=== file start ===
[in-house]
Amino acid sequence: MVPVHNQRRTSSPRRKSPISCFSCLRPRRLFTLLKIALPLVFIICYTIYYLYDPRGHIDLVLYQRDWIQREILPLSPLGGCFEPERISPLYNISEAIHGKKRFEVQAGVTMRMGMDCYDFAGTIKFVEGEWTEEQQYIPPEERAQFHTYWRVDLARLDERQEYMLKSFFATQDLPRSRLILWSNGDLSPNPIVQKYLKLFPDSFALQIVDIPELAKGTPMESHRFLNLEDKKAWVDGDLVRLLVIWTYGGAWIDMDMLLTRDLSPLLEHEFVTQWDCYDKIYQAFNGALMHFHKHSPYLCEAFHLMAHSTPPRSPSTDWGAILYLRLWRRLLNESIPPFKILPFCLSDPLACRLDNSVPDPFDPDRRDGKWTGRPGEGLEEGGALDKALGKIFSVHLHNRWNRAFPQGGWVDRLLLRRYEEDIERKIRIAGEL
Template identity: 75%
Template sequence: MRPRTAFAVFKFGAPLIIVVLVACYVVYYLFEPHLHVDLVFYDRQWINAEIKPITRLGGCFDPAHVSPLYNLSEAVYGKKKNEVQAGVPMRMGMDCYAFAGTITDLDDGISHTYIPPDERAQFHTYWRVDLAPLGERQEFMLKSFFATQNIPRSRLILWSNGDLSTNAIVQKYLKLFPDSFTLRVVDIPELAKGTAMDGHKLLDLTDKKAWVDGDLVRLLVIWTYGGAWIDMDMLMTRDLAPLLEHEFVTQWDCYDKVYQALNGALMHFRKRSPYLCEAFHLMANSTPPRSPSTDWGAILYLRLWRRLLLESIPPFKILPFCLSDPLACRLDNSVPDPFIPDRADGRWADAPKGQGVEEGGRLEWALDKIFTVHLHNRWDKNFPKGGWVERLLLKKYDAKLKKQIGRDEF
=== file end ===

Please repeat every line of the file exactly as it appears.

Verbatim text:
[in-house]
Amino acid sequence: MVPVHNQRRTSSPRRKSPISCFSCLRPRRLFTLLKIALPLVFIICYTIYYLYDPRGHIDLVLYQRDWIQREILPLSPLGGCFEPERISPLYNISEAIHGKKRFEVQAGVTMRMGMDCYDFAGTIKFVEGEWTEEQQYIPPEERAQFHTYWRVDLARLDERQEYMLKSFFATQDLPRSRLILWSNGDLSPNPIVQKYLKLFPDSFALQIVDIPELAKGTPMESHRFLNLEDKKAWVDGDLVRLLVIWTYGGAWIDMDMLLTRDLSPLLEHEFVTQWDCYDKIYQAFNGALMHFHKHSPYLCEAFHLMAHSTPPRSPSTDWGAILYLRLWRRLLNESIPPFKILPFCLSDPLACRLDNSVPDPFDPDRRDGKWTGRPGEGLEEGGALDKALGKIFSVHLHNRWNRAFPQGGWVDRLLLRRYEEDIERKIRIAGEL
Template identity: 75%
Template sequence: MRPRTAFAVFKFGAPLIIVVLVACYVVYYLFEPHLHVDLVFYDRQWINAEIKPITRLGGCFDPAHVSPLYNLSEAVYGKKKNEVQAGVPMRMGMDCYAFAGTITDLDDGISHTYIPPDERAQFHTYWRVDLAPLGERQEFMLKSFFATQNIPRSRLILWSNGDLSTNAIVQKYLKLFPDSFTLRVVDIPELAKGTAMDGHKLLDLTDKKAWVDGDLVRLLVIWTYGGAWIDMDMLMTRDLAPLLEHEFVTQWDCYDKVYQALNGALMHFRKRSPYLCEAFHLMANSTPPRSPSTDWGAILYLRLWRRLLLESIPPFKILPFCLSDPLACRLDNSVPDPFIPDRADGRWADAPKGQGVEEGGRLEWALDKIFTVHLHNRWDKNFPKGGWVERLLLKKYDAKLKKQIGRDEF